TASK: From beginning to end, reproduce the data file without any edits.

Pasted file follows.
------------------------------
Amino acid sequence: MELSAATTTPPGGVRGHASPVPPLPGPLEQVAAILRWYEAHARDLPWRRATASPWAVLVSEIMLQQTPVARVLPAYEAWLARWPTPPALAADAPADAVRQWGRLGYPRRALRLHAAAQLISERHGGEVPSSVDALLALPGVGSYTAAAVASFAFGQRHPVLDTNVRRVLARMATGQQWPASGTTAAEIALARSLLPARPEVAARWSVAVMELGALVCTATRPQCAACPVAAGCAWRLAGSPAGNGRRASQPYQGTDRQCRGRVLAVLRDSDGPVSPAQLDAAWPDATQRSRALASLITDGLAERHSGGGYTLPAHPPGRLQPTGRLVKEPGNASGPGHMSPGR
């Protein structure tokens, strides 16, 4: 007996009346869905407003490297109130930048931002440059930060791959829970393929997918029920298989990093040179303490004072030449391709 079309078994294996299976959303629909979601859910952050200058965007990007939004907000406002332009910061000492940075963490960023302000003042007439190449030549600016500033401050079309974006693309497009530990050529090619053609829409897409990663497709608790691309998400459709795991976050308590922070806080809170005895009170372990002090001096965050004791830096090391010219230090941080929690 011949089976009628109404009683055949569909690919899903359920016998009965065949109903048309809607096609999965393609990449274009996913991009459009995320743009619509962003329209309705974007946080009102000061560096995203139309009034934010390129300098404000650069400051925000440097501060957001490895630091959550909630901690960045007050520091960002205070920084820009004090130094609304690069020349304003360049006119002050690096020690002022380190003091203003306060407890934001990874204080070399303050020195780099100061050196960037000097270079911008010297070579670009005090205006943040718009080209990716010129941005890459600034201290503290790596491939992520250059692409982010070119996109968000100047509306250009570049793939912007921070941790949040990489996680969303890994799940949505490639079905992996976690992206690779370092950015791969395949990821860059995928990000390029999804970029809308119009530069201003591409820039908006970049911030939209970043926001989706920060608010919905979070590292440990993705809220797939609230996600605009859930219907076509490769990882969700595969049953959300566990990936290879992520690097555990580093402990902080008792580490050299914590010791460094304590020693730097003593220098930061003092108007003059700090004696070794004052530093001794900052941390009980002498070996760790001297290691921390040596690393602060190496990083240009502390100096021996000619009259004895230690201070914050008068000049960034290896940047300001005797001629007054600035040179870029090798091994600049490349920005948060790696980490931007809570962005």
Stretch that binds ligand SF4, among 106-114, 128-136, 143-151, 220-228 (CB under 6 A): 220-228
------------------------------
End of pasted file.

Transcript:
Amino acid sequence: MELSAATTTPPGGVRGHASPVPPLPGPLEQVAAILRWYEAHARDLPWRRATASPWAVLVSEIMLQQTPVARVLPAYEAWLARWPTPPALAADAPADAVRQWGRLGYPRRALRLHAAAQLISERHGGEVPSSVDALLALPGVGSYTAAAVASFAFGQRHPVLDTNVRRVLARMATGQQWPASGTTAAEIALARSLLPARPEVAARWSVAVMELGALVCTATRPQCAACPVAAGCAWRLAGSPAGNGRRASQPYQGTDRQCRGRVLAVLRDSDGPVSPAQLDAAWPDATQRSRALASLITDGLAERHSGGGYTLPAHPPGRLQPTGRLVKEPGNASGPGHMSPGR
């Protein structure tokens, strides 16, 4: 007996009346869905407003490297109130930048931002440059930060791959829970393929997918029920298989990093040179303490004072030449391709 079309078994294996299976959303629909979601859910952050200058965007990007939004907000406002332009910061000492940075963490960023302000003042007439190449030549600016500033401050079309974006693309497009530990050529090619053609829409897409990663497709608790691309998400459709795991976050308590922070806080809170005895009170372990002090001096965050004791830096090391010219230090941080929690 011949089976009628109404009683055949569909690919899903359920016998009965065949109903048309809607096609999965393609990449274009996913991009459009995320743009619509962003329209309705974007946080009102000061560096995203139309009034934010390129300098404000650069400051925000440097501060957001490895630091959550909630901690960045007050520091960002205070920084820009004090130094609304690069020349304003360049006119002050690096020690002022380190003091203003306060407890934001990874204080070399303050020195780099100061050196960037000097270079911008010297070579670009005090205006943040718009080209990716010129941005890459600034201290503290790596491939992520250059692409982010070119996109968000100047509306250009570049793939912007921070941790949040990489996680969303890994799940949505490639079905992996976690992206690779370092950015791969395949990821860059995928990000390029999804970029809308119009530069201003591409820039908006970049911030939209970043926001989706920060608010919905979070590292440990993705809220797939609230996600605009859930219907076509490769990882969700595969049953959300566990990936290879992520690097555990580093402990902080008792580490050299914590010791460094304590020693730097003593220098930061003092108007003059700090004696070794004052530093001794900052941390009980002498070996760790001297290691921390040596690393602060190496990083240009502390100096021996000619009259004895230690201070914050008068000049960034290896940047300001005797001629007054600035040179870029090798091994600049490349920005948060790696980490931007809570962005």
Stretch that binds ligand SF4, among 106-114, 128-136, 143-151, 220-228 (CB under 6 A): 220-228